The time went flying and the summit still seemed quite far.
The doubts were back. It was past noon and the path of the sun led to the inexorable sunset and the unwelcome prospect of an overnight descent.
- How do you feel? - Daniela asked.
- I am tired but I feel good. And you, how are you?
- I'm fine. The only thing that worries me is a night descent, because of the rock band.
Daniela was right. From that moment, descending by the same route was out of the question. The great traverse d eliminated that possibility. All we could do was rappelling straight on unknown terrain. We looked up for a while trying to figure out the distance that separated us from the summit. It seemed relatively close but we knew we were being deceived by an error of perspective.
- What about going on the direction of that shoulder? - Daniela stretched her arm pointing a kind of crest from where the steepness seamed to diminish.
- If we are lucky, the steepness will allow us to continue "ensambe ".
- Yes. From there it should be only one more pitch to reach the summit. – I agreed
(DANIELA) We went on. My mood ... my feelings were confused, I think for the first time I felt cheated because I could not estimate the correct distances. The mountain deceived us, it seemed almost there ... so close ... it was as difficult to take the risk as turning back. I felt an unconscious fear of the night, of not knowing to measure my strength against the power of the mountain. I tried to rationalize it all, physically I felt good, the weather was perfect, the ice was in ideal conditions ... if my body would not betray me, it would only be matter of time. I thought about Paulo, in his face I could read his will to go on. The only drawback was really the short amount of liquids and food we had left ... the fuel that we rationalized already for a few hours. I tried to focus, I thought of Cho Oyu. "I went up 8000 with only one pint of water, certainly it would not be there, at 6000m, that my body would betray me for the lack of fluids!".
(PAULO) To overcome the "shoulder", I climbed the last wall of ice with around 70 º steep. Upon reaching the edge of the wall, reality slapped me with violence.
- NOOOOOOOOO! – I screamed to the wind and let my head drop between my ice axes. The helmet made a hollow sound. Above me, was the painful evidence that there would be more than 60 meters to reach the summit.
At that moment, I collapsed psychologically.
- It cannot be!
It was too late and at that precise moment, the wall seemed endless. The result was in sight, failure was evident. Bent over myself, I let the tears flow over the face.
(DANIELA) I saw Paulo getting to that place, screaming in rage and lowering his head. I realized that once again the mountain deceived us. There was 50 meters of rope between us. I could not embrace him, I felt anger, frustration. This was our fourth visit to Pakistan and once again, we would not summit. I decided never again to return to that country. It simply did not bring us any luck.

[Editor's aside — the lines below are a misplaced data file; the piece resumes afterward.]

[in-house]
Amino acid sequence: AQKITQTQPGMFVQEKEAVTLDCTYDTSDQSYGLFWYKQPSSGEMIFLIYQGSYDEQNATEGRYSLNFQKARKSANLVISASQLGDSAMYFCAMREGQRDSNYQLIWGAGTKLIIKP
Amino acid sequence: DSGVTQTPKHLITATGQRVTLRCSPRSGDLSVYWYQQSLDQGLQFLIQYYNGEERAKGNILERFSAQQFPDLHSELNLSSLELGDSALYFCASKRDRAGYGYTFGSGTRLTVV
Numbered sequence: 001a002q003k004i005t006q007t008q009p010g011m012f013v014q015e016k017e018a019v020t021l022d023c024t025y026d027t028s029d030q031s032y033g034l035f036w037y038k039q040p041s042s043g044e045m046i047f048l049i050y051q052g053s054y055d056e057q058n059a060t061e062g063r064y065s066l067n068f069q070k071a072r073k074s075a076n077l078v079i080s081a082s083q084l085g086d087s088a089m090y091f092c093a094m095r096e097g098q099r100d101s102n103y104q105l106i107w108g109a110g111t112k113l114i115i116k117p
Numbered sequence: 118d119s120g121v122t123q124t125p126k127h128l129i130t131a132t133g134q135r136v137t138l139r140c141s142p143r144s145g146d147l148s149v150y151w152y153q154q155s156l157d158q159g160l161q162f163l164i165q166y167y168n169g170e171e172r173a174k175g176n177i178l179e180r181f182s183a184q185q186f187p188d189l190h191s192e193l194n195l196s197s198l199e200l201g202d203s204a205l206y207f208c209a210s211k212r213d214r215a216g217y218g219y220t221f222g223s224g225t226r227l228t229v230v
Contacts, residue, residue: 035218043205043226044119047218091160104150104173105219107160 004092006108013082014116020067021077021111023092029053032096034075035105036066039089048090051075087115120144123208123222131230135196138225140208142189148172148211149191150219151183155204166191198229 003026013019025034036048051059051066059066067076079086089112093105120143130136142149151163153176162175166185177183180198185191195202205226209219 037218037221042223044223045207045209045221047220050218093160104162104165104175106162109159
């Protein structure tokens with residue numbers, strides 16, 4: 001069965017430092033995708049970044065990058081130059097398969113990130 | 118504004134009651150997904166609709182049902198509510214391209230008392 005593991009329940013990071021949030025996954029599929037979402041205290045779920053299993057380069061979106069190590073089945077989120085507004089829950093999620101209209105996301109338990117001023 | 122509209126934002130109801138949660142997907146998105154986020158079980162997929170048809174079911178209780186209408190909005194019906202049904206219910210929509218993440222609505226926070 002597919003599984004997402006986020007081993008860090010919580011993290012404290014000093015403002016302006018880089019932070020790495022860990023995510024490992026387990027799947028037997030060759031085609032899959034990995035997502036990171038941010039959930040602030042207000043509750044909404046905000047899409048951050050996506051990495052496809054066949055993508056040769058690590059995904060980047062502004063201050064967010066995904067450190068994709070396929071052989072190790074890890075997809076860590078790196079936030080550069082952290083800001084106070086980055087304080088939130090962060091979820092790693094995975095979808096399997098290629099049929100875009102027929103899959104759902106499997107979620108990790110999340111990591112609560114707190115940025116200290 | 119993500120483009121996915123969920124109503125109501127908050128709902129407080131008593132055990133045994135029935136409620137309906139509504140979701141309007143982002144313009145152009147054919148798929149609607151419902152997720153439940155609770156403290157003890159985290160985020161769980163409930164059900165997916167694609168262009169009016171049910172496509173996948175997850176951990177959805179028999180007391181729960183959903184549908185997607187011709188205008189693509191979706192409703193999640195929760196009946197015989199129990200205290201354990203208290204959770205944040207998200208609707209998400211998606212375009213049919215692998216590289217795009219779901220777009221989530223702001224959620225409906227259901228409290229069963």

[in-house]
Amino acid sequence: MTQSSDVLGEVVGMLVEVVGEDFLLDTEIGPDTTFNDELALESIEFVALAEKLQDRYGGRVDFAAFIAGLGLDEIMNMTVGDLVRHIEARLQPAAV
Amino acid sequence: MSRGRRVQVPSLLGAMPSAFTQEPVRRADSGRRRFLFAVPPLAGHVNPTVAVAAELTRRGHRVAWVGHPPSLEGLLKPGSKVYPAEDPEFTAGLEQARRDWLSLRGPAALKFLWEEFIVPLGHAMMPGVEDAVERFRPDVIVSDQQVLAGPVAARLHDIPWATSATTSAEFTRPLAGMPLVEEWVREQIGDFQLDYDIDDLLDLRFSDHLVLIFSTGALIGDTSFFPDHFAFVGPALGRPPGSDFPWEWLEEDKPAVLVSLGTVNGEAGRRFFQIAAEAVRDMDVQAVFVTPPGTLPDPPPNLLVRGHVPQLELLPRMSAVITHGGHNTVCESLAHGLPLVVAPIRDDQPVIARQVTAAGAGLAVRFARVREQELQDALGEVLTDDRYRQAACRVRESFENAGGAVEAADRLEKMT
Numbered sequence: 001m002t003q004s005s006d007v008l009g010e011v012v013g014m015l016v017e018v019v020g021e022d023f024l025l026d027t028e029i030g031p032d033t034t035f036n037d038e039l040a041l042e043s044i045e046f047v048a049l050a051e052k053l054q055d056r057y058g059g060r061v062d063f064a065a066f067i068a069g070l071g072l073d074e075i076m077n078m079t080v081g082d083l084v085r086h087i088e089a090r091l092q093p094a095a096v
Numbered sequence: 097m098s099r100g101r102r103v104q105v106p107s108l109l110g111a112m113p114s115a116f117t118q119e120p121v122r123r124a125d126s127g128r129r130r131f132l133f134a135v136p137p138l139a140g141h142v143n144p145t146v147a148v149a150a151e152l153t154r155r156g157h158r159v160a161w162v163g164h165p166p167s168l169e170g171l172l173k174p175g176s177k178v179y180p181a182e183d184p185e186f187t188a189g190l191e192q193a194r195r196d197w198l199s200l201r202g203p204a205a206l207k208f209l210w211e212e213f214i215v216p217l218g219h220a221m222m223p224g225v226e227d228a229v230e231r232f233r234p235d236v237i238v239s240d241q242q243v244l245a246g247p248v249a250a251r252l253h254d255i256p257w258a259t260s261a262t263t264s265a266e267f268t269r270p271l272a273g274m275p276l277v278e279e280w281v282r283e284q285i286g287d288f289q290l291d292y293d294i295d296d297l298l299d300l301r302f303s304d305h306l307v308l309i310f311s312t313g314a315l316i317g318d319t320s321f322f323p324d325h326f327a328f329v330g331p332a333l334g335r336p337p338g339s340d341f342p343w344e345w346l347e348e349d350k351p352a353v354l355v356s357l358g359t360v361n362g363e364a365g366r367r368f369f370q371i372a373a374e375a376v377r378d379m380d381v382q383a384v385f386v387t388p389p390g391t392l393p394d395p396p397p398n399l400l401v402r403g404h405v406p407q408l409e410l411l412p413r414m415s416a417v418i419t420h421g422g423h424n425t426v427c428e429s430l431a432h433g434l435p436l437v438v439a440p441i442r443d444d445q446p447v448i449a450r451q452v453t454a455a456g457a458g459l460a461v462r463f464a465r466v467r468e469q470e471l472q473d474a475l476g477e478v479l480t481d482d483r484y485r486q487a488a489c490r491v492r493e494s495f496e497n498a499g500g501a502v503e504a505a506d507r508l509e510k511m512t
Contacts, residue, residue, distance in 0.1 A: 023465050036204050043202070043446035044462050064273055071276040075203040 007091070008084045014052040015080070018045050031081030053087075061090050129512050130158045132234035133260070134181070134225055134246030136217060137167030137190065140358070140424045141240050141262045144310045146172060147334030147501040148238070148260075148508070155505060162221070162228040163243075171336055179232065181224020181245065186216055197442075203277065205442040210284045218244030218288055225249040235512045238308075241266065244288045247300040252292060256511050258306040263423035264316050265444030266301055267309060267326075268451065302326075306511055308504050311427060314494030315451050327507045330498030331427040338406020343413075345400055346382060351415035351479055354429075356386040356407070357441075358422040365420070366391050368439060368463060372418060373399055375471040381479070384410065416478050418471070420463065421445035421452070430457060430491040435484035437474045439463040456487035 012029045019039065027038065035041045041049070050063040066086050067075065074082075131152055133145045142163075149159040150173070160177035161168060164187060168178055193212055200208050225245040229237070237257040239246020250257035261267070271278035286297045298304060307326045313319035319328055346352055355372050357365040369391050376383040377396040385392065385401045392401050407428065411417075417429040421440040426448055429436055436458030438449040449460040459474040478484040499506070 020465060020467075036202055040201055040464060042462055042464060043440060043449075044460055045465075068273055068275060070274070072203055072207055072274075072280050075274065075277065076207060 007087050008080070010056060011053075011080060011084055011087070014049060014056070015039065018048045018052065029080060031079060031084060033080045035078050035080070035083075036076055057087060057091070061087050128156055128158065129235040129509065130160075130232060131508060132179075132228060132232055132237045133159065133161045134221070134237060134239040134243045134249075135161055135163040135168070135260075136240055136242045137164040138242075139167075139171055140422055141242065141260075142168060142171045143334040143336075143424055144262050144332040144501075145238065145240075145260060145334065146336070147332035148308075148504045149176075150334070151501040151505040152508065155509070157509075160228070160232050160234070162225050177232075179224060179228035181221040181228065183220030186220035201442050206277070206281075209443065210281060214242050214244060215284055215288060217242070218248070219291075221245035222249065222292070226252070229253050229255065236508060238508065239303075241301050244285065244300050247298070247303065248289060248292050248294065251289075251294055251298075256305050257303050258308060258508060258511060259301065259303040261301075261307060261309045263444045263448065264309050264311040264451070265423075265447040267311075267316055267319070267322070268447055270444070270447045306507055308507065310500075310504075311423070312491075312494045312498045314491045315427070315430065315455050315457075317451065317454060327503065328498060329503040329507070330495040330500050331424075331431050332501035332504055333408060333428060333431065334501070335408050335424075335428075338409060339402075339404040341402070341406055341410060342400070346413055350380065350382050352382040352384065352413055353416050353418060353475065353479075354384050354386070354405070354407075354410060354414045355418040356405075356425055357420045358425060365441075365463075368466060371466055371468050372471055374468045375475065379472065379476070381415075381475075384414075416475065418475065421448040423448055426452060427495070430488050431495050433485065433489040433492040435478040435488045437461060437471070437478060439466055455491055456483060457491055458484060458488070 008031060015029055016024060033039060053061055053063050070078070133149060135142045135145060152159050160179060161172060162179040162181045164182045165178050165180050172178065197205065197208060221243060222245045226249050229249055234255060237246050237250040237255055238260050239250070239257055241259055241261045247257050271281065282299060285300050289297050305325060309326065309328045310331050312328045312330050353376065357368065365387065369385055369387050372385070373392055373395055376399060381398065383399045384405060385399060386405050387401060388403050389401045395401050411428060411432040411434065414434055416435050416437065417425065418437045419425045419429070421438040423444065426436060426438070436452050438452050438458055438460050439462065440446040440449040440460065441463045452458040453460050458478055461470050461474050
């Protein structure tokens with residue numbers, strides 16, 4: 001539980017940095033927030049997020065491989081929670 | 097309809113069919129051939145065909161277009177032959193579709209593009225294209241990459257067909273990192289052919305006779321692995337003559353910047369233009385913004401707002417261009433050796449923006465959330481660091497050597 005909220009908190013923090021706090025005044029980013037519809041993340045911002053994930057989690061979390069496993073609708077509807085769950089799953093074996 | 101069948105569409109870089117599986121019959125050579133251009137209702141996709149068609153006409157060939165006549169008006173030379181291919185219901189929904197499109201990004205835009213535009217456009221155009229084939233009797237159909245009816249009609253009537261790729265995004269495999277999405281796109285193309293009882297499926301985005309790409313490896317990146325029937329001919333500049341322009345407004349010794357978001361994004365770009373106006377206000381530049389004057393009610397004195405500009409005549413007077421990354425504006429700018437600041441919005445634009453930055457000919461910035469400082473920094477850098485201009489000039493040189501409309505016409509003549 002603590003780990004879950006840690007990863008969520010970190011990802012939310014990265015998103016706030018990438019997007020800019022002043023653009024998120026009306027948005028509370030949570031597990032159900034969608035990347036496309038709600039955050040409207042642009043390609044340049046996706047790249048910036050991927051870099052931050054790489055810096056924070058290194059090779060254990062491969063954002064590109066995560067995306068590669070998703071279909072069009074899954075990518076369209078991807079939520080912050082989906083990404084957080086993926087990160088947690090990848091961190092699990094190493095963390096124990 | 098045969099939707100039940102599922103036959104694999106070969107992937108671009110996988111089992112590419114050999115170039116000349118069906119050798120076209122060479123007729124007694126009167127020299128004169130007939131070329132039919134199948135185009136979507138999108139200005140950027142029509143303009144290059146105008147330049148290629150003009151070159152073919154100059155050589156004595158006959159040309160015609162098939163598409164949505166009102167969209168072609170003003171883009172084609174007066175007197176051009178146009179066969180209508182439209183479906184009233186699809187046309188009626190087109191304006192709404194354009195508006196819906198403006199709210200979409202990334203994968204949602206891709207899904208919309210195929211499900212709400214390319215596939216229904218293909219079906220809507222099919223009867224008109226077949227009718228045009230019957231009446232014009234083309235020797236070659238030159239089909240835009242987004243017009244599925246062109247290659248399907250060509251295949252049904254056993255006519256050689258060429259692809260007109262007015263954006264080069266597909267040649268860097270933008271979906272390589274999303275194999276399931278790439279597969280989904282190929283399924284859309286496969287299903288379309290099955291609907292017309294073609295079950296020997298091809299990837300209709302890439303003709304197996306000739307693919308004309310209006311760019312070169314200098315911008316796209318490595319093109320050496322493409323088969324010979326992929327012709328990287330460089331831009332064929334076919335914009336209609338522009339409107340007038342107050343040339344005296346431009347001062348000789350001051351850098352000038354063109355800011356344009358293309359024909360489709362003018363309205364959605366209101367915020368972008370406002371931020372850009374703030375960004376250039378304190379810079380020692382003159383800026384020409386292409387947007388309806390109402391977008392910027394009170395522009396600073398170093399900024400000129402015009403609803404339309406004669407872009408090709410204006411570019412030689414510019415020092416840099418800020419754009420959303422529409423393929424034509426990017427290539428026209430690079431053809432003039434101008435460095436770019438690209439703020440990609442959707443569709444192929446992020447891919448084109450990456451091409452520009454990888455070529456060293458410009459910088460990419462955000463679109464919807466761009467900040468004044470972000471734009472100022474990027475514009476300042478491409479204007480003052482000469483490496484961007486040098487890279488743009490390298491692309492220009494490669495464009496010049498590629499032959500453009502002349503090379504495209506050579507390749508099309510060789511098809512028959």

(PAULO) I announced the bad news to Daniela, who was watching me carefully from the belay. She replied me with a cry of dismay.
With hypnotic slowness, I placed an ice-screw and prepared to belay my partner. At least, we would decide together what to do next. Up or down? Daniela climbed slowly, I could feel the mix between fatigue and discouragement. We could smell it in the air, the atmosphere of defeat.
(DANIELA) I started climbing without thinking about breathing, about keeping my back straight, about physical exhaustion ... mentally I was lost. I just wanted to get as quickly as possible close to Paulo, to see what he saw.
(PAULO) The weather was still magnificent.
While recovering the ropes slowly, I began to analyze the surroundings. I recognized that the edge that divides the south face of the southeast wall was not that far. Looking a bit more carefully I realized I was very near the top of the great bigwall that rises directly from the glacier, almost to the summit of Kapura. I turned my head to the opposite side and I noticed the edge of the left side also did not look that far away. A new joy invaded my soul.
- We cannot be far! Perhaps a pitch and a half. Maybe 80 meters. - I shared my optimism with Daniela.
- Ok! But you are aware that we will reach the rock band by night, right?
- At this point, we’ll be caught by night, in one way or another! - Daniela agreed.
The inevitability led to the final decision.
Sometime later, we reached the rocky edge. To our left, all the way down, was the vertigo West face of the mountain. Finally, we could see the rock needles that are the central summits of Kapura. The main summit was hidden behind those needles but its icy cap was visible from where we were. We abandoned our rucksacks, suspended in two rock pegs, which would later be used to rappel. We had about 30 meters left to finish the climb.